Cyclocross - About to buy a cross bike - advise please
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Hi all - been reading/searching for a few weeks now. First time poster. Anyway, I am moving on from my old mountain bikes, as I'm doing a lot more trails, both paved and limestone. My average ride is between 20-40 miles. I've ruled out Fitness type bikes, as I would rather have more of a road bike position. My contenders are FX35 Felt (maybe a 15.. great deals out there), Trek XO1, and the Cannondale 'cross 5. They all seem to have largely the same components, but different styles, geometry. Assuming they are all comfortable, are there any large considerations for one brand over the other? Any bike I'm missing? I'd like to be in the $1500 range, more or less. Thanks in advance.
08-24-09, 06:41 PM
go test ride them and see what you like... then adjust your search based on that.
any advice for someone trying to decide between:
Motobecane Fantom CX OUTLAW(discs, so no competition)
Mongoose Croix Elite (SRAM and cantis but with disc tabs)
Windsor Cyclo (cantis, no mounts, money for accessories)
Raleigh RX 1.0 (09 if i can find one)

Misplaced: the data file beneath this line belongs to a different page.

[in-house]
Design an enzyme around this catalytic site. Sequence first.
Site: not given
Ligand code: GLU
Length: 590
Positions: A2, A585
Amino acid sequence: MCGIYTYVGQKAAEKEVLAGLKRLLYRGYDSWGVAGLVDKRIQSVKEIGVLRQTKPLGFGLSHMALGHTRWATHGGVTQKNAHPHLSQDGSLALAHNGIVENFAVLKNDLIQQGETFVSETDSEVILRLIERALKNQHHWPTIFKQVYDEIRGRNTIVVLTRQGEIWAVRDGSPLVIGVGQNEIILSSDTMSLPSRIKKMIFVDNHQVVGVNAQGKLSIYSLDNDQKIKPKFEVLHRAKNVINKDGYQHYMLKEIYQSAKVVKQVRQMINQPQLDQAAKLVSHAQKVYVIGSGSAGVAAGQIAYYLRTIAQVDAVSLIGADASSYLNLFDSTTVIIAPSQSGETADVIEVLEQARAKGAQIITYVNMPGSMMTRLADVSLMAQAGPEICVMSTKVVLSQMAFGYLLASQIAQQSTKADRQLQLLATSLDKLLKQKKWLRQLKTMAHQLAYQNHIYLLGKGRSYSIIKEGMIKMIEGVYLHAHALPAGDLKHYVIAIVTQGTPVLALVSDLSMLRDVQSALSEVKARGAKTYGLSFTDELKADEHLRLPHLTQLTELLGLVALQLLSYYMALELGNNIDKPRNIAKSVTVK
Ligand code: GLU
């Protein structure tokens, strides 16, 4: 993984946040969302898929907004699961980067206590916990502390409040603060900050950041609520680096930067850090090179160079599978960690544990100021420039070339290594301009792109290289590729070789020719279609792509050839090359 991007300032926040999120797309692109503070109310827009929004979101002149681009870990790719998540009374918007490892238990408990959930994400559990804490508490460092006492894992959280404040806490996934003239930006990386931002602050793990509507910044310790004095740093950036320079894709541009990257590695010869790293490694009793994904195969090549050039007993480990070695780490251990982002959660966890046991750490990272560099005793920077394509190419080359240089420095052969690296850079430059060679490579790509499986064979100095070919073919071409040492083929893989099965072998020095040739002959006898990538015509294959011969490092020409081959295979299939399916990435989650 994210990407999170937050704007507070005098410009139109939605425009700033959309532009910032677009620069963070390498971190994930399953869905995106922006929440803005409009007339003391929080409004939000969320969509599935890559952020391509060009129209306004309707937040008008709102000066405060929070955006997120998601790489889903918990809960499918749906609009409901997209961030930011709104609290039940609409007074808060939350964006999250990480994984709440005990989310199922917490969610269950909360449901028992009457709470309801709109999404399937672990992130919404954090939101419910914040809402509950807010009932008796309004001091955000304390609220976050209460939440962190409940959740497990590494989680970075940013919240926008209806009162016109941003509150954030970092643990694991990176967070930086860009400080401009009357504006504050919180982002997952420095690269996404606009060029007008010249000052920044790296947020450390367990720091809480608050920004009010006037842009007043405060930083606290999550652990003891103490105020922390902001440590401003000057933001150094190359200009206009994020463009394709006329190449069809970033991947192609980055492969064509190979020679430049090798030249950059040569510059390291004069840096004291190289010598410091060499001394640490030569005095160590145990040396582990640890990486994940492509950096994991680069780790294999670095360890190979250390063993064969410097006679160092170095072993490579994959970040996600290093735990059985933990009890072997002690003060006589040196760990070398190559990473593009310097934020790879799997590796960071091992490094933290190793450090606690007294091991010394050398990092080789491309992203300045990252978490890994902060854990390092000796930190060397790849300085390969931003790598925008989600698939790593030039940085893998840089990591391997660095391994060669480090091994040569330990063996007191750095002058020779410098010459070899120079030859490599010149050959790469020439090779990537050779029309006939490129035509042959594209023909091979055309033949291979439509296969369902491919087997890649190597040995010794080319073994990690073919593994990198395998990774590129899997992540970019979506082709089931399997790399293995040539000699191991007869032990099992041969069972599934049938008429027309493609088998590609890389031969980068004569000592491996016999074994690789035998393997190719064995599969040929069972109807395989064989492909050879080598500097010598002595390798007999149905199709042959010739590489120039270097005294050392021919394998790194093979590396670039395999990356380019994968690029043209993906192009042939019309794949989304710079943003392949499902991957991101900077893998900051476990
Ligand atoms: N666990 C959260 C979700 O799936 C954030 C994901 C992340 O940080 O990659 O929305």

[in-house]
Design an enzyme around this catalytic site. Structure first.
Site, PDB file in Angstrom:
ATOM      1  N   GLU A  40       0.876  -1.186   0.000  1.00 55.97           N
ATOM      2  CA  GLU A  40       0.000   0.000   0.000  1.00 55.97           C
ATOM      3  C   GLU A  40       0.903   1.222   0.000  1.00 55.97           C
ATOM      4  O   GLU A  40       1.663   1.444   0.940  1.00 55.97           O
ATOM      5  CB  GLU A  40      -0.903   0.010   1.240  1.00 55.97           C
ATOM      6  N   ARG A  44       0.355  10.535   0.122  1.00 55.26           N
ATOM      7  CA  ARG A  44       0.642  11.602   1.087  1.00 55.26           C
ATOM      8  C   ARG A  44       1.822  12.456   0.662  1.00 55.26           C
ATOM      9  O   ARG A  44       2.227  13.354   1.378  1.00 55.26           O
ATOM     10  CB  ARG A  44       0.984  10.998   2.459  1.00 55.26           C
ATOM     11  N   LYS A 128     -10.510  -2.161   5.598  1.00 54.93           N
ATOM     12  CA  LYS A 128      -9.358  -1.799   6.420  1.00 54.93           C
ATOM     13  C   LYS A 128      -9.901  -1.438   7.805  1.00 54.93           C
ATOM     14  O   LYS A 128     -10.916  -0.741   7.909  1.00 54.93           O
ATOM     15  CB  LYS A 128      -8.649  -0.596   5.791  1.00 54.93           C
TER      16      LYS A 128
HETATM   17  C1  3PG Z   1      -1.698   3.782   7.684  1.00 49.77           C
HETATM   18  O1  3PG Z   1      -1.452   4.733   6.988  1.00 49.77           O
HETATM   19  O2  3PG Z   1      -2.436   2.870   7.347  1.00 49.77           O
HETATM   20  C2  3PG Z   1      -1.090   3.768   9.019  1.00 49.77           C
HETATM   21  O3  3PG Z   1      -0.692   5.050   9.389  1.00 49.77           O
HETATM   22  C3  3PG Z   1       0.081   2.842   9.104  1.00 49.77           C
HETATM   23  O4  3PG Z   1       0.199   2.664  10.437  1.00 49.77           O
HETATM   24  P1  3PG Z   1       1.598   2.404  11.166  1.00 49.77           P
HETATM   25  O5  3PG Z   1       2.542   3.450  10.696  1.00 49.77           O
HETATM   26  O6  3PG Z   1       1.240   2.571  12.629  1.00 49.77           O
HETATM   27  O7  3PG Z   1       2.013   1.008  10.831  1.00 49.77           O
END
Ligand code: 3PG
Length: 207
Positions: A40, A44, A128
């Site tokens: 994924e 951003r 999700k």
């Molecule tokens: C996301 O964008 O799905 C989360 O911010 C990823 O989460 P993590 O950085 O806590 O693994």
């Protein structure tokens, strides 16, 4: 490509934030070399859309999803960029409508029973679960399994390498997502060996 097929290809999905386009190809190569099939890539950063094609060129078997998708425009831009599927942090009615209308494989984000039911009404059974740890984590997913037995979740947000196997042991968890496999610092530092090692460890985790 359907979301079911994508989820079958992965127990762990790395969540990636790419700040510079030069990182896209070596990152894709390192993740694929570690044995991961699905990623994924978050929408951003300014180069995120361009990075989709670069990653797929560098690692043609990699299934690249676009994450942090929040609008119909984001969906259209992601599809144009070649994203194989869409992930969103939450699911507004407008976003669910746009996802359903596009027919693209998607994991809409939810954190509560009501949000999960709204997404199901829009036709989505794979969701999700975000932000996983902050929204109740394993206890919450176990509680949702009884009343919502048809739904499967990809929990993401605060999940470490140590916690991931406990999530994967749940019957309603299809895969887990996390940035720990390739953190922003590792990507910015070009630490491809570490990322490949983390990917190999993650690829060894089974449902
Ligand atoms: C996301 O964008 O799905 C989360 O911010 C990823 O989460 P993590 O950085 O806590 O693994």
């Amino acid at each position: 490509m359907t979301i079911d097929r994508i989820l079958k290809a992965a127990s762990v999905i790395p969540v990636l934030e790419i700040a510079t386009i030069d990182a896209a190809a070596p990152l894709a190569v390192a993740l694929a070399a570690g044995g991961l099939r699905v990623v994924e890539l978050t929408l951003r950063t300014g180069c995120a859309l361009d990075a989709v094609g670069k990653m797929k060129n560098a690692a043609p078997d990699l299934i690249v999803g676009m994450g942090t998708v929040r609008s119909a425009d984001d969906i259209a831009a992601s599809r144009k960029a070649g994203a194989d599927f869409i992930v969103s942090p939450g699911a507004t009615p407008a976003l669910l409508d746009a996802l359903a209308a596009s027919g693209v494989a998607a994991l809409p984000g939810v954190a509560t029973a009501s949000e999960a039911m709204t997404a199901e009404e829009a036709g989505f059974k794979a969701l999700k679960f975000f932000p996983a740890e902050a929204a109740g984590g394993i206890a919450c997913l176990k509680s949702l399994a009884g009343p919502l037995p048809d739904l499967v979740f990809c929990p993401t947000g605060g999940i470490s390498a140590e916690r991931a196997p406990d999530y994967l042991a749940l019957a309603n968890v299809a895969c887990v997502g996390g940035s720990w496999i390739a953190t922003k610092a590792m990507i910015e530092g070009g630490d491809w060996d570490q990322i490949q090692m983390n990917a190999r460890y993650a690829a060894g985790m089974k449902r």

Bianchi Axis (can't afford it)
basically I want something that I can ride as a commuter and with friends and everywhere(city, non-city) but would let me run in an amateur's race even if i couldn't place because of discs.
I don't need to have a regulation bike, but I'm not set on discs so a bike that I could compete with isn't off my list.
I can easily afford the windsor or a similarly priced bike, the rest I'd have to sell my current bikes for.
right now i'm leaning toward the outlaw, unless the mongoose goes on sale.
08-25-09, 07:40 AM
Imo discs aren't much better than rim brakes once you put Kool Stop Salmon pads on the rim brakes. Not unless you're doing very hardcore off roading with the associated hand fatigue - in which case you should be on an MTB. And good discs are exactly the sort of components that will attract a thief into stripping a commuter bike even if he can't defeat the lock.
The obvious bike that neither of you has mentioned is the Spec Tricross. Its popularity and the type of buyer it attracts might make it the easiest bike to find in nice condition used, which could save a lot of cash.
$1500 would probably buy a nicely equipped Cotic Roadrat, although you'd have to buy without a test ride. Still the reputation is excellent, and the MTBish sloping top tube and chromo frame make it well suited as an exploration bike and commuter.
Other than that, as the crocodile said, go ride them.
08-25-09, 03:36 PM
Jamis Nova Pro with Carbon stays and fork and 105 I think.
Fuji Cross Pro or Cross Comp.
Thanks all for the input. I went to several dealers, and ended up getting properly fitted for a local tri shop. I bought the Pinarello Cross. More money than I had expected to spend, but it feels great, and man is it sexy!
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